Nvidia Introduces Advanced Optimus – G-Sync For All?
Nvidia have announced Advanced Optimus, a new way to get the best of both worlds between integrated and discrete graphics in laptops. Let’s recap how Optimus previously worked, and see how the new Advanced Optimus improves this design.
How Optimus previously worked
The way Optimus worked previously is that the lower powered integrated graphics in the processor, whether that be Intel or Vega based, connects directly to the laptop’s screen.
When a graphically intensive task is run, the discrete Nvidia graphics takes over, however the signal goes via the iGPU which can potentially act as a bottleneck or cause other issues.
Some laptops today offer the MUX switch, like the ASUS Zephyrus GX502 for instance. This allows the user to swap between Optimus enabled for better battery life, or Optimus disabled for optimal performance and the option of enabling G-Sync. Unfortunately, this process requires a reboot to swap over, however most laptops don’t even give the user this choice at all.
What is Advanced Optimus?
A new dynamic display hardware switch connects directly to the laptop’s display. The integrated graphics (iGPU) and discrete graphics (dGPU) are connected to this dynamic switch. This new switch chooses which GPU is needed and switches as required.
With Advanced Optimus, this is now an automatic process and does not require a reboot, as was the case in the past. This means Nvidia based laptops will be able to offer good performance without being restricted to Optimus only configurations.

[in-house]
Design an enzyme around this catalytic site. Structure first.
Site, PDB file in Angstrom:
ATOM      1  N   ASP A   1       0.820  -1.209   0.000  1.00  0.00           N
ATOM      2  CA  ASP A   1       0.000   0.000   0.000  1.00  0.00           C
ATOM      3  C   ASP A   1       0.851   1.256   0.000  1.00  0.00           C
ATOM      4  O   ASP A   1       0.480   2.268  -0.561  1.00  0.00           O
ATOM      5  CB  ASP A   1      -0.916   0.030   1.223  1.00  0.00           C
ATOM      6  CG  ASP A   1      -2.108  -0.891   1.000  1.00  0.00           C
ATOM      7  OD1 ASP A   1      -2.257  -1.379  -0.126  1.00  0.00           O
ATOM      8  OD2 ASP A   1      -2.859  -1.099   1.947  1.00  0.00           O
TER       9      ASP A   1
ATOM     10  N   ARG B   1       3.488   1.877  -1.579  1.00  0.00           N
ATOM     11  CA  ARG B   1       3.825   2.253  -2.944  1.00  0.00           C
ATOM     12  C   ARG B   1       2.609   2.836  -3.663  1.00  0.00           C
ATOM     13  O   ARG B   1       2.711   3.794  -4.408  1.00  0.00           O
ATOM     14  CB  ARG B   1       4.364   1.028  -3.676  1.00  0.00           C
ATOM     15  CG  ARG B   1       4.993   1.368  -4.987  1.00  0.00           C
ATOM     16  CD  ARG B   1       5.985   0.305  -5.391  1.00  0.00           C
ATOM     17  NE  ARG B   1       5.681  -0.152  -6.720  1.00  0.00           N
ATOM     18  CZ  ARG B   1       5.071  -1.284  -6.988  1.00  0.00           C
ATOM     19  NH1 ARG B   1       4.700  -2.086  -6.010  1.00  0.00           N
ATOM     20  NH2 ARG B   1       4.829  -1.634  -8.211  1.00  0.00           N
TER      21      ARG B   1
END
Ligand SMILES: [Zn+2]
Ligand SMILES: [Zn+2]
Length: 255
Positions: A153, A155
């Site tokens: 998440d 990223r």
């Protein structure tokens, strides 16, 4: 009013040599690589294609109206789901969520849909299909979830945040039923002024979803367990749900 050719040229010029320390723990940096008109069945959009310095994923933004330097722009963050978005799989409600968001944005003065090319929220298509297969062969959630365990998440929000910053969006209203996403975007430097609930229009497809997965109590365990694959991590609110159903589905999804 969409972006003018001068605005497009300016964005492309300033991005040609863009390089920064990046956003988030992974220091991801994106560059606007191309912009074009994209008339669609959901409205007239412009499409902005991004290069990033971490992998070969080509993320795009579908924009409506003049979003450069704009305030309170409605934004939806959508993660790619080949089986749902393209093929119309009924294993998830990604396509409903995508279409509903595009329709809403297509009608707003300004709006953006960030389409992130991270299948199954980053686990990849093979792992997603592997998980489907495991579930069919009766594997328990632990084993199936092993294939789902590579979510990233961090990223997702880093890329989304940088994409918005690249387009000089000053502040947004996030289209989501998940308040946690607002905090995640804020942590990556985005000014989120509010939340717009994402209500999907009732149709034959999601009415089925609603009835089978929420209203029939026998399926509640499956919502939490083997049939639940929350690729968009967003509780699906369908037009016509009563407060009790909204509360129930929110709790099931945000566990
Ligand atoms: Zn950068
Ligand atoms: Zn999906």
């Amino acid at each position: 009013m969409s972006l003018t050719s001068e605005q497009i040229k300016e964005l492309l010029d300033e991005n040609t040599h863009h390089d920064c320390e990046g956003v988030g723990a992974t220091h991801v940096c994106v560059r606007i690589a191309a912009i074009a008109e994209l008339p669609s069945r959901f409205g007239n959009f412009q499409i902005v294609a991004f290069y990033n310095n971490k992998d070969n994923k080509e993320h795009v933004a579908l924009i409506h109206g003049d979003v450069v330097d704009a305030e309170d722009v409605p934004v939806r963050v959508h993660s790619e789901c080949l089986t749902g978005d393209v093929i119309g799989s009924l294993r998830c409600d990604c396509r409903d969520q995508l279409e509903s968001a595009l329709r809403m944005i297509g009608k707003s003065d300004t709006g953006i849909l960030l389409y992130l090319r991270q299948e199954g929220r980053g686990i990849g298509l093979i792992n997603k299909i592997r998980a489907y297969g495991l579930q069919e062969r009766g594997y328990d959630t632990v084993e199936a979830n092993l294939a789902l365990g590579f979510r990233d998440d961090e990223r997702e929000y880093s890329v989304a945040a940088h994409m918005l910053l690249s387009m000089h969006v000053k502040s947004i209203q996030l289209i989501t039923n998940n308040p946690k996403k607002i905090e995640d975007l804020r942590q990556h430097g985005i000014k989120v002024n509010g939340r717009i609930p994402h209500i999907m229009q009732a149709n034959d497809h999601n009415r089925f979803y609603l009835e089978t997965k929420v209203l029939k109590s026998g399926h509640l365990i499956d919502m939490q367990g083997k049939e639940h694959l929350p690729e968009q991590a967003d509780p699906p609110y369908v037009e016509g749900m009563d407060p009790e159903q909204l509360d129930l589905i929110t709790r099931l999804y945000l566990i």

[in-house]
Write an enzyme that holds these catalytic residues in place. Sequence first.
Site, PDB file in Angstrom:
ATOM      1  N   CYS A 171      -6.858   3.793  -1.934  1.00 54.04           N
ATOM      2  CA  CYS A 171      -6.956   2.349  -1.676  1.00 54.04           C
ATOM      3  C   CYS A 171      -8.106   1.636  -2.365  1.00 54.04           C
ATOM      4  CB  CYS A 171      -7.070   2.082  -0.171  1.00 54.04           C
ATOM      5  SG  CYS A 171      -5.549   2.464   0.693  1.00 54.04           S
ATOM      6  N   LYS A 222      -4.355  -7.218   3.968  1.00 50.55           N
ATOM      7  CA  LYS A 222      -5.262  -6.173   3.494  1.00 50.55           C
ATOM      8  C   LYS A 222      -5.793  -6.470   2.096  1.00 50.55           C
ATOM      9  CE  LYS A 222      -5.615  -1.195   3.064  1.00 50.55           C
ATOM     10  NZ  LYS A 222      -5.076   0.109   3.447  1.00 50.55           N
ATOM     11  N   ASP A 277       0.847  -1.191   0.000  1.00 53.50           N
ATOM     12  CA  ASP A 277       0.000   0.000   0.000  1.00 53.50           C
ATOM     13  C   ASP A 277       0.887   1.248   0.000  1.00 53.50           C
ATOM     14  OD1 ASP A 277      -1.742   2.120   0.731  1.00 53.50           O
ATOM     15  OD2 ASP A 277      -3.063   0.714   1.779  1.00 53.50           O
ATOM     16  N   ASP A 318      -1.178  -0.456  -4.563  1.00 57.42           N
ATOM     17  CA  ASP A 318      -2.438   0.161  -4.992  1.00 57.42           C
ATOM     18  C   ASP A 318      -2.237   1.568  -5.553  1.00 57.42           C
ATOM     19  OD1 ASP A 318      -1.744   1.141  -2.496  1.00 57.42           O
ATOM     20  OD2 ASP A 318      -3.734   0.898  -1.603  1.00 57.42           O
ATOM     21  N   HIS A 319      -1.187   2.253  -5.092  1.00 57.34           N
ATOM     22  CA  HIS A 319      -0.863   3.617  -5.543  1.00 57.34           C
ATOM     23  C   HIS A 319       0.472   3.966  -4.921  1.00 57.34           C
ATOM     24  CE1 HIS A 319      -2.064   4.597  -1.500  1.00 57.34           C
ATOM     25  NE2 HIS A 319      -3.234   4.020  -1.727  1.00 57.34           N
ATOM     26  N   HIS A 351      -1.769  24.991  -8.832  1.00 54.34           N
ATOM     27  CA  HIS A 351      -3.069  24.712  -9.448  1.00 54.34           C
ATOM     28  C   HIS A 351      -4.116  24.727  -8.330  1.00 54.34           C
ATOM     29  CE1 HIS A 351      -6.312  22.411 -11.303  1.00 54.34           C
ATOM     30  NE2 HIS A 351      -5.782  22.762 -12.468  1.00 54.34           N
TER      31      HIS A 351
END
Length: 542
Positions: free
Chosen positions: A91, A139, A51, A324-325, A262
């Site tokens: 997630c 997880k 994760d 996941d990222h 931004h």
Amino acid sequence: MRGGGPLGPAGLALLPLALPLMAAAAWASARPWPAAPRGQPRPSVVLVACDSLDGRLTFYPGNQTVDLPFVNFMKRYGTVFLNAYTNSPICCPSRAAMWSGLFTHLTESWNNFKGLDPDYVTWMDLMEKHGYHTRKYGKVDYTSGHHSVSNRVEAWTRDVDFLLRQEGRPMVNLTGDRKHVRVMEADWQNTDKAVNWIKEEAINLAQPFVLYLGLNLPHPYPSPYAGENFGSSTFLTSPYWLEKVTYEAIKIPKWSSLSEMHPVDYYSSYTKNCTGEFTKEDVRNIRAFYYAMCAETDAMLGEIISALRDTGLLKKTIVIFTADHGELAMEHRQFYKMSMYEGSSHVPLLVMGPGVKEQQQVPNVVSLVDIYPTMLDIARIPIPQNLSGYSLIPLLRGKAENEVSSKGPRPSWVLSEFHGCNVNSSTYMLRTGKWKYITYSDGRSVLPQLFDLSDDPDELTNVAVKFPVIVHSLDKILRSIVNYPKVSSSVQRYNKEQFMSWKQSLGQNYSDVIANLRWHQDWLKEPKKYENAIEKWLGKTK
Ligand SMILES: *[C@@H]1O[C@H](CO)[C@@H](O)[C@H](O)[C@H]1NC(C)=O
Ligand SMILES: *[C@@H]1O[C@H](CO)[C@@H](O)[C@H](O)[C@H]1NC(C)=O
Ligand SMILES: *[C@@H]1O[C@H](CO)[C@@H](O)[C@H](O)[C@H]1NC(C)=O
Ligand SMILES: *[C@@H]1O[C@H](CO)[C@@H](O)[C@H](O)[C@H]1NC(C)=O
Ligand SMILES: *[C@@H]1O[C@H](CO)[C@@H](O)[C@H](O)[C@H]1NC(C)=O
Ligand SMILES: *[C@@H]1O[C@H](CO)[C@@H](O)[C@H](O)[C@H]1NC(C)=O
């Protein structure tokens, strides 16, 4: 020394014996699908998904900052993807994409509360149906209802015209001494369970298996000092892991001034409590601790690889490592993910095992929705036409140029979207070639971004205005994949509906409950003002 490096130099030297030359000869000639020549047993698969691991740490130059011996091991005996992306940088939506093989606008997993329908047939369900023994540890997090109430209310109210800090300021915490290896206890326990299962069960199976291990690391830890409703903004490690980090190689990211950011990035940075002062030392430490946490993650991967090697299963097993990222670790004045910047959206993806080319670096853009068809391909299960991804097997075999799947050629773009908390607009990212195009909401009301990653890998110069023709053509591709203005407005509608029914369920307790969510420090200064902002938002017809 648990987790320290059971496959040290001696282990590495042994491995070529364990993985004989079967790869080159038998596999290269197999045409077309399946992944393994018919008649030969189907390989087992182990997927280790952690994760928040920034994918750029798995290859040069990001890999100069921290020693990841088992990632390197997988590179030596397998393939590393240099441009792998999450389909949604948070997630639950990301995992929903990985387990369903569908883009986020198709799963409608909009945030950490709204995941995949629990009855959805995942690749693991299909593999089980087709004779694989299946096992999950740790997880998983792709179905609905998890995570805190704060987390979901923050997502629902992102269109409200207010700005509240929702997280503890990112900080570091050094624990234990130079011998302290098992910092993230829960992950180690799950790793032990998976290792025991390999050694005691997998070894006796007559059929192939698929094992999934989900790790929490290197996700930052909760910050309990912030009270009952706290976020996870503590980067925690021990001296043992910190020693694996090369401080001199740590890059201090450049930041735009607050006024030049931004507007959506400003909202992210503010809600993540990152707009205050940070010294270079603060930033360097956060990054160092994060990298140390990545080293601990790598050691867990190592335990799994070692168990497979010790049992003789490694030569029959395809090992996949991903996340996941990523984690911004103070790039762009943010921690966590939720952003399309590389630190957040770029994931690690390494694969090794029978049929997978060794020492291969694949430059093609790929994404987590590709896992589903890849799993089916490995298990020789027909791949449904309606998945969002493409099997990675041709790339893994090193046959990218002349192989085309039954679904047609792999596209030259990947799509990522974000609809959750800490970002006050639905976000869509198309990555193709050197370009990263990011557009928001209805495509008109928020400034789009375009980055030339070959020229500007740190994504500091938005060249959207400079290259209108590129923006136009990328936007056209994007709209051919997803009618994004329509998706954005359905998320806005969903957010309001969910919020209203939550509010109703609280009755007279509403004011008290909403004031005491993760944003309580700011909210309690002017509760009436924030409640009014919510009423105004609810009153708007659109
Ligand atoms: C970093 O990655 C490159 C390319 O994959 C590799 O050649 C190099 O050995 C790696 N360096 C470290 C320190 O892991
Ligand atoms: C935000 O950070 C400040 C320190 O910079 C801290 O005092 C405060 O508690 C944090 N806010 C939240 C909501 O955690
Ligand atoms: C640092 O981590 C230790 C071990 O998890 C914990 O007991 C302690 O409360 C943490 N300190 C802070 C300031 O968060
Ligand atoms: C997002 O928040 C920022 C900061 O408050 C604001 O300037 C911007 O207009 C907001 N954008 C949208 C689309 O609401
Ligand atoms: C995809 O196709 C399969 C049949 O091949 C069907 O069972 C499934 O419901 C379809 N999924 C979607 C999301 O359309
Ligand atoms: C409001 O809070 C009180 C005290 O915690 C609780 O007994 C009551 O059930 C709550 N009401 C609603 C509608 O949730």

Nvidia currently use a whitelist to determine when the dGPU should take over, this same whitelist approach will work here too. In my own personal experience, this has worked quite well. I almost never open a graphically demanding application and find it running on the iGPU, so swapping based on this same criteria should make it a smooth process.
This may also mean that G-Sync could be more commonplace. A prerequisite for G-Sync is a direct connection to the display, and the dynamic switch makes this easy to implement. Given that AMD’s Ryzen 4000 series is offering FreeSync via the iGPU in new laptops, it seems Nvidia may also want to come to the party and make G-Sync more widely available to compete.
The user will also be given the option to run in iGPU only mode, ensuring battery life remains good and that random applications aren’t triggering the dGPU, lowering battery life. Likewise the user can also optionally leave the dGPU engaged all the time to experience the best performance in games and applications that have issues with Optimus – it’s great to finally have this option.
What laptops will use Advanced Optimus?
So far Nvidia have only mentioned the Lenovo Legion 7, an upcoming new model. Lenovo posted some news about their new 7i and 5i gaming laptops today. Hopefully this feature makes its way into all upcoming Nvidia based laptops, as it sounds quite promising on paper.
Unfortunately Advanced Optimus will not work with older models with a driver update or similar, as they need iGPU and dGPU need to be wired to the dynamic display switch.
Bro it seems like the manufacturer needs to enable the feature for it to work out of the box it’s a shame as I feel only the premium offerings will be providing us this feature
Yes, it’s optional, but it should make G-Sync easier compared to previously.
I know you can’t go into hard numbers regarding benchmarks, but can you give any sort of hint on the performance gains between the new super max-q cards and the older RTX max-q cards?